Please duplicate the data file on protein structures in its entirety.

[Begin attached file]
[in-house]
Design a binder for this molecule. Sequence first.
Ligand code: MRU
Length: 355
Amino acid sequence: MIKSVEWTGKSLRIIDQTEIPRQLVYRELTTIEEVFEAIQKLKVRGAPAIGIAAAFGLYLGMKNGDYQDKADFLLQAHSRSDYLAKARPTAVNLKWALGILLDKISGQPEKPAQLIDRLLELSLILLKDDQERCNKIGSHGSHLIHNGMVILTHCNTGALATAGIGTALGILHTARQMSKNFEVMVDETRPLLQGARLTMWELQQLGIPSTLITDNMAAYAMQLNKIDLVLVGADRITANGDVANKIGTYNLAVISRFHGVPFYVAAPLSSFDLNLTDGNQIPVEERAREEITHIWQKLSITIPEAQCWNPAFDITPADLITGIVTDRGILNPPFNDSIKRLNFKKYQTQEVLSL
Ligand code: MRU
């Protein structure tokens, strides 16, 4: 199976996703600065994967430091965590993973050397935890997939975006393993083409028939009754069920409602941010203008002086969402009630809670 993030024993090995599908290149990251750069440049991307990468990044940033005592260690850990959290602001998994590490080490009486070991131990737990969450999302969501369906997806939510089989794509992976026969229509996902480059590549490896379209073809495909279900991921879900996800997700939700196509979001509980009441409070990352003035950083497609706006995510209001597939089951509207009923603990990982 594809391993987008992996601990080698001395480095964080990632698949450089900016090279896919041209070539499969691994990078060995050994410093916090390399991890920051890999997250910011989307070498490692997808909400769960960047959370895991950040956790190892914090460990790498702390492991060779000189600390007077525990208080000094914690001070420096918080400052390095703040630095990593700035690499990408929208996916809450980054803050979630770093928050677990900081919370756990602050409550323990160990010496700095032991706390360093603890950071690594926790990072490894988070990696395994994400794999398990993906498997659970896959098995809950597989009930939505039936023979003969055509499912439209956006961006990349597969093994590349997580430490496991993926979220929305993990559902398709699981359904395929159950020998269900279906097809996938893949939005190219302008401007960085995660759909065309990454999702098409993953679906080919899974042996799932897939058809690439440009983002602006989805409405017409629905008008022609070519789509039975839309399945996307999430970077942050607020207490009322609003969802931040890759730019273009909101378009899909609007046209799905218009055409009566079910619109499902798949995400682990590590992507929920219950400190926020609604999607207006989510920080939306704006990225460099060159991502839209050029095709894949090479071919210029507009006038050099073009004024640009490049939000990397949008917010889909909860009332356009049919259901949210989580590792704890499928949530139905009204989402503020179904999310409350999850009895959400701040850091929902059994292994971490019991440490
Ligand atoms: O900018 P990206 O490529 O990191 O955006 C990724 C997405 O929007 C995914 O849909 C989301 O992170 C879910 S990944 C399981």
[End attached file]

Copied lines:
[in-house]
Design a binder for this molecule. Sequence first.
Ligand code: MRU
Length: 355
Amino acid sequence: MIKSVEWTGKSLRIIDQTEIPRQLVYRELTTIEEVFEAIQKLKVRGAPAIGIAAAFGLYLGMKNGDYQDKADFLLQAHSRSDYLAKARPTAVNLKWALGILLDKISGQPEKPAQLIDRLLELSLILLKDDQERCNKIGSHGSHLIHNGMVILTHCNTGALATAGIGTALGILHTARQMSKNFEVMVDETRPLLQGARLTMWELQQLGIPSTLITDNMAAYAMQLNKIDLVLVGADRITANGDVANKIGTYNLAVISRFHGVPFYVAAPLSSFDLNLTDGNQIPVEERAREEITHIWQKLSITIPEAQCWNPAFDITPADLITGIVTDRGILNPPFNDSIKRLNFKKYQTQEVLSL
Ligand code: MRU
């Protein structure tokens, strides 16, 4: 199976996703600065994967430091965590993973050397935890997939975006393993083409028939009754069920409602941010203008002086969402009630809670 993030024993090995599908290149990251750069440049991307990468990044940033005592260690850990959290602001998994590490080490009486070991131990737990969450999302969501369906997806939510089989794509992976026969229509996902480059590549490896379209073809495909279900991921879900996800997700939700196509979001509980009441409070990352003035950083497609706006995510209001597939089951509207009923603990990982 594809391993987008992996601990080698001395480095964080990632698949450089900016090279896919041209070539499969691994990078060995050994410093916090390399991890920051890999997250910011989307070498490692997808909400769960960047959370895991950040956790190892914090460990790498702390492991060779000189600390007077525990208080000094914690001070420096918080400052390095703040630095990593700035690499990408929208996916809450980054803050979630770093928050677990900081919370756990602050409550323990160990010496700095032991706390360093603890950071690594926790990072490894988070990696395994994400794999398990993906498997659970896959098995809950597989009930939505039936023979003969055509499912439209956006961006990349597969093994590349997580430490496991993926979220929305993990559902398709699981359904395929159950020998269900279906097809996938893949939005190219302008401007960085995660759909065309990454999702098409993953679906080919899974042996799932897939058809690439440009983002602006989805409405017409629905008008022609070519789509039975839309399945996307999430970077942050607020207490009322609003969802931040890759730019273009909101378009899909609007046209799905218009055409009566079910619109499902798949995400682990590590992507929920219950400190926020609604999607207006989510920080939306704006990225460099060159991502839209050029095709894949090479071919210029507009006038050099073009004024640009490049939000990397949008917010889909909860009332356009049919259901949210989580590792704890499928949530139905009204989402503020179904999310409350999850009895959400701040850091929902059994292994971490019991440490
Ligand atoms: O900018 P990206 O490529 O990191 O955006 C990724 C997405 O929007 C995914 O849909 C989301 O992170 C879910 S990944 C399981």